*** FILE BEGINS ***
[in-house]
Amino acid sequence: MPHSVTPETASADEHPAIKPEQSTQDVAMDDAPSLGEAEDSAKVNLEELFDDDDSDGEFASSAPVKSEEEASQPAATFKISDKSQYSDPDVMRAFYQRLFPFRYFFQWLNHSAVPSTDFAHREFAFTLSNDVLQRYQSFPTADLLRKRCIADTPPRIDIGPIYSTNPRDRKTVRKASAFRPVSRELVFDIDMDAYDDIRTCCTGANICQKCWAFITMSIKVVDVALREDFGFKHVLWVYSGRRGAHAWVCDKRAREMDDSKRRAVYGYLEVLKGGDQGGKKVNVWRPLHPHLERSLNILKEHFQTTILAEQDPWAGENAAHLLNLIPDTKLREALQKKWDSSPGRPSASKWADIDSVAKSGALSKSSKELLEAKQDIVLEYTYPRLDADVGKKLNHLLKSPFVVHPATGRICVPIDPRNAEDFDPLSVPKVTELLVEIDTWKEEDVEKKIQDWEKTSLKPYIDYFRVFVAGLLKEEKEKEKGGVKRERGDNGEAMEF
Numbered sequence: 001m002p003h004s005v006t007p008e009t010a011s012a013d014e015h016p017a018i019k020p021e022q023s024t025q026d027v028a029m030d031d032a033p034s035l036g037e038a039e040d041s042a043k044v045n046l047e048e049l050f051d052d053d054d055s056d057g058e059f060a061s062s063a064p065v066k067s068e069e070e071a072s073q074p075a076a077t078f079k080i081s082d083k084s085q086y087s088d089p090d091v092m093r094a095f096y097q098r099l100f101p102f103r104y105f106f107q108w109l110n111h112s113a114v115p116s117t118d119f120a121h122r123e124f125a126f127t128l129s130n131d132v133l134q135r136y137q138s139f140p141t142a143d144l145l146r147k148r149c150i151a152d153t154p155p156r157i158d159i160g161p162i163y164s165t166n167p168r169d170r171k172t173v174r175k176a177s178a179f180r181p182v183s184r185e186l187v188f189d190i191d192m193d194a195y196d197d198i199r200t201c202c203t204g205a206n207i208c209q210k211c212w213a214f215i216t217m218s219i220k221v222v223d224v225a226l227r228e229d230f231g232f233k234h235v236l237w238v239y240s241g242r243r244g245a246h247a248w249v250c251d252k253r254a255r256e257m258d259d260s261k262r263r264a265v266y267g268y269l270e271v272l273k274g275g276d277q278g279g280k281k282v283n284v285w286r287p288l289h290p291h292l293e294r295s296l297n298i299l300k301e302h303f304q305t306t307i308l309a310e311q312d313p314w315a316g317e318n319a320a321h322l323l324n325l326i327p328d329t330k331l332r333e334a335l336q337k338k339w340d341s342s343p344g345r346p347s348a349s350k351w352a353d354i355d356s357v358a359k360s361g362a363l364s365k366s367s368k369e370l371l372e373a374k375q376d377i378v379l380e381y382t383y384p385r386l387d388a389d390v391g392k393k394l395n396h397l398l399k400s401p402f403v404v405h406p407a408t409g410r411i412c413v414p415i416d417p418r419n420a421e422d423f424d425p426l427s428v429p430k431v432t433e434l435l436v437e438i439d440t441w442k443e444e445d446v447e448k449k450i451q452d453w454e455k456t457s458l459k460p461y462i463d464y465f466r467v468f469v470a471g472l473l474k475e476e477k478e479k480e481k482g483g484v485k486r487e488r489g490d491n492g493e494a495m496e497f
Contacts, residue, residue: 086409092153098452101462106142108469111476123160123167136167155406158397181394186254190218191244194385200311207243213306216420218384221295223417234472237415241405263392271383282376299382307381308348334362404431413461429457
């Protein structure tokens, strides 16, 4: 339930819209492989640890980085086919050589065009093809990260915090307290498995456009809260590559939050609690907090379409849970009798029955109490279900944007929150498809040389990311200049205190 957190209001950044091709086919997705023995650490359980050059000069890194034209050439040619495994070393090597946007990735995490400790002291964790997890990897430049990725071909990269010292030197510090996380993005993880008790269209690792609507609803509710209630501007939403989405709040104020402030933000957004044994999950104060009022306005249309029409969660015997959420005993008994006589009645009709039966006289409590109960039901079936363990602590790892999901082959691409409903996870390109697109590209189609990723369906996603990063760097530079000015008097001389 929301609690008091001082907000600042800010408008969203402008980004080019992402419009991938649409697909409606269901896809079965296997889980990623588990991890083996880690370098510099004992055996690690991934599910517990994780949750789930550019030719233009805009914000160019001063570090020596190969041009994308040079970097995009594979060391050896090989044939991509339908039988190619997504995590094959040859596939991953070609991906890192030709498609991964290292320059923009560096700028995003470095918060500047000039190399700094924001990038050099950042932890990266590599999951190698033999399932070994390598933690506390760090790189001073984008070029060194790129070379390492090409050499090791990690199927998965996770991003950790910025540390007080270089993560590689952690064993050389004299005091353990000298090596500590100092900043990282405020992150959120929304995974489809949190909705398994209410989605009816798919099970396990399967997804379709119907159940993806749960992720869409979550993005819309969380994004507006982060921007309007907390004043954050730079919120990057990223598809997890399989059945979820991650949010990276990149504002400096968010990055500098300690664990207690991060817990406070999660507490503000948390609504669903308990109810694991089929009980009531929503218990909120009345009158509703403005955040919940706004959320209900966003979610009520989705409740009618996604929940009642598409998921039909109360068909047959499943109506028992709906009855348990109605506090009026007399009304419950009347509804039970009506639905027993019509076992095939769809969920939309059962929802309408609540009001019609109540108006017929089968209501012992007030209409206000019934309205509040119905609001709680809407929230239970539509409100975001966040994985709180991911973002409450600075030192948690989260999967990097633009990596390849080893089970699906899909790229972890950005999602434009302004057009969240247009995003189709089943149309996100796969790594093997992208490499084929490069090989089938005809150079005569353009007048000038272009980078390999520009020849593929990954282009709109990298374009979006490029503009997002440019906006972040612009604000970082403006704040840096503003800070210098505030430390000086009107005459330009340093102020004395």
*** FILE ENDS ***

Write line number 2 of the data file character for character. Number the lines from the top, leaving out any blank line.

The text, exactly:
Amino acid sequence: MPHSVTPETASADEHPAIKPEQSTQDVAMDDAPSLGEAEDSAKVNLEELFDDDDSDGEFASSAPVKSEEEASQPAATFKISDKSQYSDPDVMRAFYQRLFPFRYFFQWLNHSAVPSTDFAHREFAFTLSNDVLQRYQSFPTADLLRKRCIADTPPRIDIGPIYSTNPRDRKTVRKASAFRPVSRELVFDIDMDAYDDIRTCCTGANICQKCWAFITMSIKVVDVALREDFGFKHVLWVYSGRRGAHAWVCDKRAREMDDSKRRAVYGYLEVLKGGDQGGKKVNVWRPLHPHLERSLNILKEHFQTTILAEQDPWAGENAAHLLNLIPDTKLREALQKKWDSSPGRPSASKWADIDSVAKSGALSKSSKELLEAKQDIVLEYTYPRLDADVGKKLNHLLKSPFVVHPATGRICVPIDPRNAEDFDPLSVPKVTELLVEIDTWKEEDVEKKIQDWEKTSLKPYIDYFRVFVAGLLKEEKEKEKGGVKRERGDNGEAMEF